Additional Vermont Small Business Financial Resources
Even if you don’t meet the small business loan requirements for Vermont, there are additional resources. Vermont has small business grants and other assorted potential sources of funding.
The Vermont Employment Growth Incentive, for example, provides a cash payment based on revenue return generated to the state. Businesses must be authorized to receive this grant by the state. To be authorized, businesses must apply to the Vermont Economic Progress Council, which determines if the business and its project meet the requirements.
The Vermont Training Program (VTP) is a grant provided for training employees and prospective employees. VTP grants may cover up to 50% of the training cost and can be used for large-scale training projects.
The Northern Border Regional Commission provides additional grants for community and economic development projects. Municipalities, public entities, and not-for-profit entities are eligible applicants.
Windham County has an Economic Development Program that promotes business startups in the area. The initial promised funding from the program is finished, but some businesses may still prove eligible for funding.
The State Trade Expansion Program provides funding to businesses looking to expand internationally. The program will reimburse businesses that expand internationally through trade shows, trade missions, market research, and export education.
Other Resources for Vermont Small Businesses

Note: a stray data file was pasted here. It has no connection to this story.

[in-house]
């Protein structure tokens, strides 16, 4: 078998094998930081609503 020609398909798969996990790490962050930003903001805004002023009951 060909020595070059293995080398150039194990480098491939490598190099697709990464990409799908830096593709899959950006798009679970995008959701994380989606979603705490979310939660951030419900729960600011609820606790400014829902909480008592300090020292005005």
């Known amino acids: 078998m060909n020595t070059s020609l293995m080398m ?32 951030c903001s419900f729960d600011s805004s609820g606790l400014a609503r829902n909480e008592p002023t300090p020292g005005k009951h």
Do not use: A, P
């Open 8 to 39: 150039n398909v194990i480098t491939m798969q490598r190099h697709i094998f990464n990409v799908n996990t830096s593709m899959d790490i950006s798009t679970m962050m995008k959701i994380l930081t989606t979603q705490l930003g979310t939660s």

The SBA offers a variety of options beyond financial assistance for small businesses. These include counseling such as SCORE, the Vermont Small Business Development Center, the Vermont Women Business Center, and the Vermont Export Assistance Center.
SCORE is a volunteer-run organization dedicated to providing free mentoring to help start or grow your business. They operate in a variety of areas including Vermont and the Clinton, Essex, and Franklin counties in New York.
The Vermont Small Business Development Center has provided no-cost professional expertise and guidance to business owners since 1992. While not necessarily financial aid, the VTSBDC will provide you with a variety of services to give you the best possible chance of success.
For women looking to start out on their own path in life, the Vermont Women Business Center provides assistance. Also called the Center for Women & Enterprise (CWE), the nonprofit organization’s goal is to empower women and provide them with all the tools to succeed. The CWE offers consultations, workshops, and networking opportunities.
The state of Vermont offers a Small Business Debt Relief Program that allows small businesses to gain immediate relief from non-disaster SBA loans. It specifically provides loans such as 7(a), 504, and microloans if the business meets size standards.
Beyond the size standards, there are more obvious requirements, including a U.S. basis, ability to repay, and a sound business purpose. The purpose of these loans is to forgive debts for businesses that have gotten off the ground, and it was created to assist in COVID relief.
The Bottom Line
While starting or expanding a small business in Vermont isn’t cheap, the state offers a variety of loans, grants, and other forms of support to local entrepreneurs. Whether you decide to go with a traditional bank, a credit union, or an alternative online lender, make sure to review the detailed loan terms and conditions to find just the right product for your needs.